While the Federal Trade Commission has recently (August 15, 2012) taken a keen interest in helping parents safeguard their child’s personally identifiable information, the Department of Education has done the opposite in its final regulations under the Family Educational Rights and Privacy Act (FERPA). Indeed, earlier in the year the Electronic Privacy Information Center (EPIC) filed a lawsuit against the Department challenging the final FERPA rules of December 2, 2011.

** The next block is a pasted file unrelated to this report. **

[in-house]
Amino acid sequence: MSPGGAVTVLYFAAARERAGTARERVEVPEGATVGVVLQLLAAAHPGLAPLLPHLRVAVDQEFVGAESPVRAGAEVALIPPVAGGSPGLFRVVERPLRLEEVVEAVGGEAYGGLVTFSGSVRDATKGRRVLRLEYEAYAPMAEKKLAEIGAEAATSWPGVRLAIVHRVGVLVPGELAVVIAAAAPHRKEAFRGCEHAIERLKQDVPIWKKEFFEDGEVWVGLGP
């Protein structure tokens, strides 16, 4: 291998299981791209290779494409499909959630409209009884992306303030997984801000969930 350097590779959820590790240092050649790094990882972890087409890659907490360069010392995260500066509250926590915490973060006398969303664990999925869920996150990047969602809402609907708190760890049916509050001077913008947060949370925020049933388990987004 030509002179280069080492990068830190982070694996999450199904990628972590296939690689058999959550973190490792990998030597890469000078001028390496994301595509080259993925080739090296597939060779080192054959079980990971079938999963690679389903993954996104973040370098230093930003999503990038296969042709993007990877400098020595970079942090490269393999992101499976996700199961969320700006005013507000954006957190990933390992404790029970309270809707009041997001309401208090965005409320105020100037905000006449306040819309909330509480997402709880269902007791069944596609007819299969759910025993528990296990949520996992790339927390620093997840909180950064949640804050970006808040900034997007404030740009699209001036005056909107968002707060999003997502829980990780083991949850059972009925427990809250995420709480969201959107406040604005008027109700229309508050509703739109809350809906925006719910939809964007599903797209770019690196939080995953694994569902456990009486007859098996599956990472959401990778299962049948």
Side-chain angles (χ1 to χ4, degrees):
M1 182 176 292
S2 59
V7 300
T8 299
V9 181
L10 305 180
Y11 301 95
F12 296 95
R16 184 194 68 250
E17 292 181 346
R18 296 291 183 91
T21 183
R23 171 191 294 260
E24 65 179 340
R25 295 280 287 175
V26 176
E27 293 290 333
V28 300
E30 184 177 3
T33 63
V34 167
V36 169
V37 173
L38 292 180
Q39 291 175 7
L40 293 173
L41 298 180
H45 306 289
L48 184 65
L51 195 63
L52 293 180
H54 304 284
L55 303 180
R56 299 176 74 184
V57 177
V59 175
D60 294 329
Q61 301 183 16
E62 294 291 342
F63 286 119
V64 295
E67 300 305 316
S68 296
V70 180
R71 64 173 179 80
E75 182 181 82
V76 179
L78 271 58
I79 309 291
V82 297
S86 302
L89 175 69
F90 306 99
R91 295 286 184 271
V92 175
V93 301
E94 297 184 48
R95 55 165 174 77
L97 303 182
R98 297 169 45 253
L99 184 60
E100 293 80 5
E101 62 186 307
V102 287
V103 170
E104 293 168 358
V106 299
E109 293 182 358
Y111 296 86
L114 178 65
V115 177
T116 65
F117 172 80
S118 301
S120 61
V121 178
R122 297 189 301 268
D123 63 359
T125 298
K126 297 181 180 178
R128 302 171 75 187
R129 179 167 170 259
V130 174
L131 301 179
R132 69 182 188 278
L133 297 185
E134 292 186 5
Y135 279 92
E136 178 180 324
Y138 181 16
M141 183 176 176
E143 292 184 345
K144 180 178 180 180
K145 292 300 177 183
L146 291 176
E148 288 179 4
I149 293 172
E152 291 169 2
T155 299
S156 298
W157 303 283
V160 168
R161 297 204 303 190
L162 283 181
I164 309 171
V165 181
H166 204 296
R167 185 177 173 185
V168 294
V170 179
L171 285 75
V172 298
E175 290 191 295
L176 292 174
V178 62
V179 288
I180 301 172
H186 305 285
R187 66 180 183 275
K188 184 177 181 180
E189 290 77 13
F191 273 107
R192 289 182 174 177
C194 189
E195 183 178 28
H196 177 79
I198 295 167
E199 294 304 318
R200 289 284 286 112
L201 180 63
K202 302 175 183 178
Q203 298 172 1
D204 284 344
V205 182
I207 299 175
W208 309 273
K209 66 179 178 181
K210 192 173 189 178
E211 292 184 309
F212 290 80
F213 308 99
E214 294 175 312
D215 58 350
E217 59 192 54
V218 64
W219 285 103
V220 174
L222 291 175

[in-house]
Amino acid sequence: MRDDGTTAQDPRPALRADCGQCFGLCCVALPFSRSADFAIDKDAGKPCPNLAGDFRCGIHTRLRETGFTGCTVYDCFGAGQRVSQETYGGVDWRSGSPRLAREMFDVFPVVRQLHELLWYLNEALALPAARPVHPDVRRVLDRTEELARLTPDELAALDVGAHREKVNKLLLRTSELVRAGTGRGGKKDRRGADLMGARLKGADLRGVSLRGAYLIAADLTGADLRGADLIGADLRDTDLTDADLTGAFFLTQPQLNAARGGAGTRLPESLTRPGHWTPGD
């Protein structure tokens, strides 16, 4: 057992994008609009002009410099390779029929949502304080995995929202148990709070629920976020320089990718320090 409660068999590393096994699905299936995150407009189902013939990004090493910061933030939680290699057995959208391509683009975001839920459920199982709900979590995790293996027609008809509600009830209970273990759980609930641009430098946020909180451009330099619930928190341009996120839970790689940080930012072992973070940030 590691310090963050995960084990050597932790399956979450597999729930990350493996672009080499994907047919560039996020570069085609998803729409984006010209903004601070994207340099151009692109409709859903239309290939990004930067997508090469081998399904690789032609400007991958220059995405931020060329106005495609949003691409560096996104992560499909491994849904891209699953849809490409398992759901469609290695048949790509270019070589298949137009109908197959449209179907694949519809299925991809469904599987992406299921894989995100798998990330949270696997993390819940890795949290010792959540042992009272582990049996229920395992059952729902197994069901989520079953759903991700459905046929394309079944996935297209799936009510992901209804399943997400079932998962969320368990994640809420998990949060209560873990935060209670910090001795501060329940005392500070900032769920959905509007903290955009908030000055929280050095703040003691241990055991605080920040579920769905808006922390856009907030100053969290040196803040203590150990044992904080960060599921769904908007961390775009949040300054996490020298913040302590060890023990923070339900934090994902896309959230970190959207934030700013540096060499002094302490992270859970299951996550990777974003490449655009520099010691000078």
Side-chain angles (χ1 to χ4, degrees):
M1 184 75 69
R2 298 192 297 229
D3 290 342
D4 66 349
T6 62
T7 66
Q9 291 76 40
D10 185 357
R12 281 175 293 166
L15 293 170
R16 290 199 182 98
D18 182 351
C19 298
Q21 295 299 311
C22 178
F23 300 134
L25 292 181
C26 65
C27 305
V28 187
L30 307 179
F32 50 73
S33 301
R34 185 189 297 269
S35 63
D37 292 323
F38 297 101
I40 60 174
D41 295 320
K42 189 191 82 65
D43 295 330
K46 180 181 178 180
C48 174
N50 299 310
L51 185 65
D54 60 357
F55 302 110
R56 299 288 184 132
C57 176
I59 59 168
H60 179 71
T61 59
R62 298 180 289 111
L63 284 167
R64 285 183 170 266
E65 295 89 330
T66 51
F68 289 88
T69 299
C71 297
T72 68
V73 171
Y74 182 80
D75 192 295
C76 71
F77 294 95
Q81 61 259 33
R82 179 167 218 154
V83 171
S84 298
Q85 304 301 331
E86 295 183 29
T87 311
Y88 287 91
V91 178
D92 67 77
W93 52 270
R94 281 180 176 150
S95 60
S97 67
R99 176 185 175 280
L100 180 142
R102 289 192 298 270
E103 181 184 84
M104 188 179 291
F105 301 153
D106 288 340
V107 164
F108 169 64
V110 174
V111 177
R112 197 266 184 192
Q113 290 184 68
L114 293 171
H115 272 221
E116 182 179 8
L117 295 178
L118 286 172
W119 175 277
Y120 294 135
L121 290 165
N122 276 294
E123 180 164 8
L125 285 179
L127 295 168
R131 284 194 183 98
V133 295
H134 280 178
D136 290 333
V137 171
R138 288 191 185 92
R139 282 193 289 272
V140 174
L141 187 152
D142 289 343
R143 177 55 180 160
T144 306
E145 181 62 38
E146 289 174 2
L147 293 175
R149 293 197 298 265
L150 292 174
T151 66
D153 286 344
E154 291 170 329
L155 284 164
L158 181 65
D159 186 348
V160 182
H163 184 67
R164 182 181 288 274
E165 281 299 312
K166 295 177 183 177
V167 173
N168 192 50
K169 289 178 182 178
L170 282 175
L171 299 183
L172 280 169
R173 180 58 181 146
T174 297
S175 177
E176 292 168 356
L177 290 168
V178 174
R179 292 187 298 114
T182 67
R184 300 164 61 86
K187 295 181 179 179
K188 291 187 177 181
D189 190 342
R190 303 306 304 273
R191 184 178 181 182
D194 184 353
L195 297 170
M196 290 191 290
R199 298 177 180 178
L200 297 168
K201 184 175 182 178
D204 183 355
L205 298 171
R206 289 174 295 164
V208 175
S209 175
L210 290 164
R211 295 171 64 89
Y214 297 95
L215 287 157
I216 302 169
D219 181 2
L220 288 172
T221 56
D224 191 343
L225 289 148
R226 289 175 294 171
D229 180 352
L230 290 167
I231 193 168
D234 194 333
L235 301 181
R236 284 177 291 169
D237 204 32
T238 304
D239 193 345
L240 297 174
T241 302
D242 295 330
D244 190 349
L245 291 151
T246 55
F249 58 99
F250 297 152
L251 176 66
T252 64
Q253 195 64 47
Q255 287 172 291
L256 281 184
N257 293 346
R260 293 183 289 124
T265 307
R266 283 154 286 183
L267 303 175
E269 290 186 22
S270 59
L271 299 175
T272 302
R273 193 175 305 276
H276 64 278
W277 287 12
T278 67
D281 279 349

EPIC alleges the final regulations violate the Administrative Procedure Act: (1) they are not in accordance with law; and (2) they represent Departmental action in excess of the authority of the FERPA statute. In simple terms, the regulations turn the law on its head–skirting the privacy protections of student education records, or at a minimum making it easier for records to be released to third parties without the consent of the parent or student.
Meanwhile, no dispositive decision has been issued by the court. At the moment, EPIC and the Department are skirmishing over what goes in the administrative record.